Foreword Reviews

Saving Nova

Book One

Clarion Rating: 4 out of 5

Saving Nova is a character-driven science-fiction adventure.

Luis Martinez’s engaging postapocalyptic novel Saving Nova kickstarts a new series with fascinating characters.

Over a century after a nuclear war all but wiped out humanity, small pockets of civilization eke out a living in the American Southwest. One town, Nova, helplessly monitors a dwindling supply of cattleworm. But scouts discover that this livestock species isn’t dying out, it’s migrating deeper into the outer deserts.

Four randomly selected teenagers journey outward on compass directions hoping to find salvation. Eighteen-year-old Sean Anders barely survives his journey, stumbling into the prospering High Heaven. He faces threats inside and out as he fights to survive—and for the survival of everyone back home in Nova.

Ample information is provided about the book’s characters; they come in strong. The leader of High Heaven stands out with surprising depth and complexity. He was alive before the nuclear war and managed to swap out failing body parts with artificial ones to extend his lifespan to unnatural lengths. He has an equally artificially enhanced canine companion. His drive to protect his town, coupled with his tragic life story, results in a sympathetic and flawed leader.

Sean functions well as the protagonist, experiencing real growth and avoiding genre clichés such as being a chosen one or having special abilities. He begins the story close to death before the narrative jumps back to the time before the mayor sent the scouts out. Sean’s relationships with his family and friends in Nova are capably fleshed out. His growth over time is grounded in excellent narrative cues, covering his education in Nova, his time spent in High Heaven, and his one-on-one training under the cyborg leader.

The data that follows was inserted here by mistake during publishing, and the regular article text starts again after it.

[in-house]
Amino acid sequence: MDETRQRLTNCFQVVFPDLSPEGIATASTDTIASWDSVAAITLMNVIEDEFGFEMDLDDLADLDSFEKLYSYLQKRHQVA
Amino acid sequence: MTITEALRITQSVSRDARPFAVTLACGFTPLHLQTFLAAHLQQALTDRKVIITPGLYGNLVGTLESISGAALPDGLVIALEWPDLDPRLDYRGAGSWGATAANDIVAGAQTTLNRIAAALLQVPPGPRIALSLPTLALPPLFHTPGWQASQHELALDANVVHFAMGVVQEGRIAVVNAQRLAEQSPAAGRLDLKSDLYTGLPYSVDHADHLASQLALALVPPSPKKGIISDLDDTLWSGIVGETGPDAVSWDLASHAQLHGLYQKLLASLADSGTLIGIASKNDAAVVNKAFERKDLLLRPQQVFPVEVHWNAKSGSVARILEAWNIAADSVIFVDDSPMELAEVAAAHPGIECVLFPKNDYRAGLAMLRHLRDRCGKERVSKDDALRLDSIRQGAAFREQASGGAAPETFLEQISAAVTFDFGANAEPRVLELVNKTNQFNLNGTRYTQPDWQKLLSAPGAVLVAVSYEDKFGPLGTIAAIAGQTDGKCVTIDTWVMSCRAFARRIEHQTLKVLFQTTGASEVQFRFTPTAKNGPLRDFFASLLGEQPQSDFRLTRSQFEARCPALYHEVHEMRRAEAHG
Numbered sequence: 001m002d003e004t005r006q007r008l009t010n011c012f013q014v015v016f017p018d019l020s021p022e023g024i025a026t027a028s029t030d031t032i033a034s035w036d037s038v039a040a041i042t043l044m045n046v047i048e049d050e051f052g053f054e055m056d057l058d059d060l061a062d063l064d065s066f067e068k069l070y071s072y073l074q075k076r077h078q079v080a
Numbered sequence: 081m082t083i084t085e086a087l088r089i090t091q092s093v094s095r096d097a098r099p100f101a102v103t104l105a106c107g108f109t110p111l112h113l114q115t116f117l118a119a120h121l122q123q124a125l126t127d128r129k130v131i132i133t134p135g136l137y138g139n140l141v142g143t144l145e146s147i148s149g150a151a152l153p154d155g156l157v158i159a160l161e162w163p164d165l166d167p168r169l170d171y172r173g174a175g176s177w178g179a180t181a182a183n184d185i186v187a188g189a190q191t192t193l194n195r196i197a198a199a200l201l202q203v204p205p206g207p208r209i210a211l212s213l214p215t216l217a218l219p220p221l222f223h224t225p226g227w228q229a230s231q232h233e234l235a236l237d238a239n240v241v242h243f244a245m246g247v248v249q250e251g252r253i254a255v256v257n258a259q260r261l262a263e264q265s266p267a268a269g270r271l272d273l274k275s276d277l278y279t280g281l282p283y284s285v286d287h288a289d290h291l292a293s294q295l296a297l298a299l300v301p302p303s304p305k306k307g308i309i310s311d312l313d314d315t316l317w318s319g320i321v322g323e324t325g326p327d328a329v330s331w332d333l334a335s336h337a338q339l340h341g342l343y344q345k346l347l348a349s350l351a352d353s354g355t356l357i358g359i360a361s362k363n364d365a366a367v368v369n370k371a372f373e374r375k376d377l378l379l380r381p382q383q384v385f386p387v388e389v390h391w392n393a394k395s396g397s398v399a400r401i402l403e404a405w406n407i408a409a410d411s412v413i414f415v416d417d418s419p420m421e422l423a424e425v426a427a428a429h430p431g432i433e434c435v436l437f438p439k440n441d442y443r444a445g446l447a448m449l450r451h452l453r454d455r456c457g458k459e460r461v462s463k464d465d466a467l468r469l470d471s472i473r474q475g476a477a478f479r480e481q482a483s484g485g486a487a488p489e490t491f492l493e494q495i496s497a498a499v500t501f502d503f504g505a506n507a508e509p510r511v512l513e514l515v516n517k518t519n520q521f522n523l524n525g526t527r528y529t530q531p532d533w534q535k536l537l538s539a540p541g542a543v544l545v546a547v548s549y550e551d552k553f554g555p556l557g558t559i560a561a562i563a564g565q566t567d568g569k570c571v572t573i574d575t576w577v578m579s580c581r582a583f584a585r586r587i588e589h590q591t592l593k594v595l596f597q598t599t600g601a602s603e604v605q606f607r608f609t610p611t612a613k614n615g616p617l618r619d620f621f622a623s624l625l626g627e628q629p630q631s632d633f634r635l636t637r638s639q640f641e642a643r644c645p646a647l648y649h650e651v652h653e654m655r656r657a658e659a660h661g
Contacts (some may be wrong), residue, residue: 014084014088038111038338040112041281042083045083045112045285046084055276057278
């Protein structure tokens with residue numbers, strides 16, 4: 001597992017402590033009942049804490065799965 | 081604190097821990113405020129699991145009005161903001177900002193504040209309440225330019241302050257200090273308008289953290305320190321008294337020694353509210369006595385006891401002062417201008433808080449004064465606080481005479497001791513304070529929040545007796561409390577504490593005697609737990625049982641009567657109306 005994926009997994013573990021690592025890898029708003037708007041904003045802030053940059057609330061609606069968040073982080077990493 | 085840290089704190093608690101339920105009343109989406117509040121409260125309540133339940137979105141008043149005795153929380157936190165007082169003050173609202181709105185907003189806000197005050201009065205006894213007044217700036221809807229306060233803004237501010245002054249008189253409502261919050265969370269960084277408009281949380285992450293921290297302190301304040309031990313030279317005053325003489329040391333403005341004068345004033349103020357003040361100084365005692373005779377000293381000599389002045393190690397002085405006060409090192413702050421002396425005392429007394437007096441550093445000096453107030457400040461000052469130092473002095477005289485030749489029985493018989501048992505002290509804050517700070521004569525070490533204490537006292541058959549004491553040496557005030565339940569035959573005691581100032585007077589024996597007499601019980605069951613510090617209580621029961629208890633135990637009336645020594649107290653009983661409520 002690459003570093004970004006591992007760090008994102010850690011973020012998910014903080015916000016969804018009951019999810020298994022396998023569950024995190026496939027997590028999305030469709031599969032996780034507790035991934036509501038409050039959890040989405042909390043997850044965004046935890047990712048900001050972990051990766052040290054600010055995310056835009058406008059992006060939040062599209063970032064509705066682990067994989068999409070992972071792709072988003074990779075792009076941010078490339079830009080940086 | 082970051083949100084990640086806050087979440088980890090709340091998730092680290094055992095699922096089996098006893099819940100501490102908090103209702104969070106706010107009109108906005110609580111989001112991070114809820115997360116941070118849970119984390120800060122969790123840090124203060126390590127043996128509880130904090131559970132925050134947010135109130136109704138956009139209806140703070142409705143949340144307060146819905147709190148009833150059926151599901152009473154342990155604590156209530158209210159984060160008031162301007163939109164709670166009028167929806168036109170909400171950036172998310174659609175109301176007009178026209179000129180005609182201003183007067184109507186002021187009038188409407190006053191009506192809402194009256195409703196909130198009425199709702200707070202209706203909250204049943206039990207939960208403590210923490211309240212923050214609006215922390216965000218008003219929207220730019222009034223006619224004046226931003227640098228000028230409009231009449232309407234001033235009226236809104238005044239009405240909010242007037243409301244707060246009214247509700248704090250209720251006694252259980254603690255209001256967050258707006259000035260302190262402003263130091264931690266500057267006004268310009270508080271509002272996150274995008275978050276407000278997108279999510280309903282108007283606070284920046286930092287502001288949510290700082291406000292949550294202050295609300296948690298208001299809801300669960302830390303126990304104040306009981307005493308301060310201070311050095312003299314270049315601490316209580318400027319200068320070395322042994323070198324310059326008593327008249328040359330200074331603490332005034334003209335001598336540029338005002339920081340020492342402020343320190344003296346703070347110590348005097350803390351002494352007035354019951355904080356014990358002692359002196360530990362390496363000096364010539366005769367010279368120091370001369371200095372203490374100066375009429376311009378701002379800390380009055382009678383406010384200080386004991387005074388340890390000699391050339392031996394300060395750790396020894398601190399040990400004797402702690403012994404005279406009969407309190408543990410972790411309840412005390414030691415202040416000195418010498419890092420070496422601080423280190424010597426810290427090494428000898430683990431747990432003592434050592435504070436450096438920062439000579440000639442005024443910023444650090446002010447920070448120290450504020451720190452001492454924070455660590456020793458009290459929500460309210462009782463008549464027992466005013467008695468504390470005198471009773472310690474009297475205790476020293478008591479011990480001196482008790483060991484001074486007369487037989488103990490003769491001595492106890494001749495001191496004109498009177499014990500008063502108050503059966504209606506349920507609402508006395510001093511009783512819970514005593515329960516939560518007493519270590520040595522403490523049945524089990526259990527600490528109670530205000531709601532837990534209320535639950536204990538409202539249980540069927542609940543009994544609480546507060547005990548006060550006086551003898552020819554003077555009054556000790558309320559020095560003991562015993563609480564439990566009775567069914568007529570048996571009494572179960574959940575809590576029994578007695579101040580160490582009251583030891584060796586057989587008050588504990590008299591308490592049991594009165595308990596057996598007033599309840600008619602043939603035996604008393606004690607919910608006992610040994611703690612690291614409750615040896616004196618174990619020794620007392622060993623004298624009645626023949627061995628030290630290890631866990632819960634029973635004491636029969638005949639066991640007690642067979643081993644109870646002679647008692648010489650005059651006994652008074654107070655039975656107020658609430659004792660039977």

The story alternates between tense action sequences and quiet forays into select character backstories to great effect. Often the story pauses after a particularly dramatic moment to build up character dynamics and motivations. The alternating rise and fall keeps the story from becoming stale or too action oriented.

The dialogue functions with subtle humor and heart, with characters revealing themselves through their word choices and tone, though conversations are condensed and limited to a few speakers. Background action and scene changes complement the dialogue appropriately.

Bare-bones formatting works well with the narrative, making room for action sequences to unfold organically. Unusual concepts and terms are explained when needed; contextual clues keep details clear, such as around the different species and technologies in the wasteland.

Sean’s journey is just beginning here. The book sets the stage for an epic adventure. The climax of the story finds him with new information, several burning questions, and a villain lurking out in the deserts. By the story’s end, Sean’s motivations are well established and lead into the next book with a tempting cliffhanger.

Saving Nova is a character-driven science-fiction adventure.

Reviewed by John M. Murray

Disclosure: This article is not an endorsement, but a review. The author of this book provided free copies of the book and paid a small fee to have their book reviewed by a professional reviewer. Foreword Reviews and Clarion Reviews make no guarantee that the author will receive a positive review. Foreword Magazine, Inc. is disclosing this in accordance with the Federal Trade Commission’s 16 CFR, Part 255.

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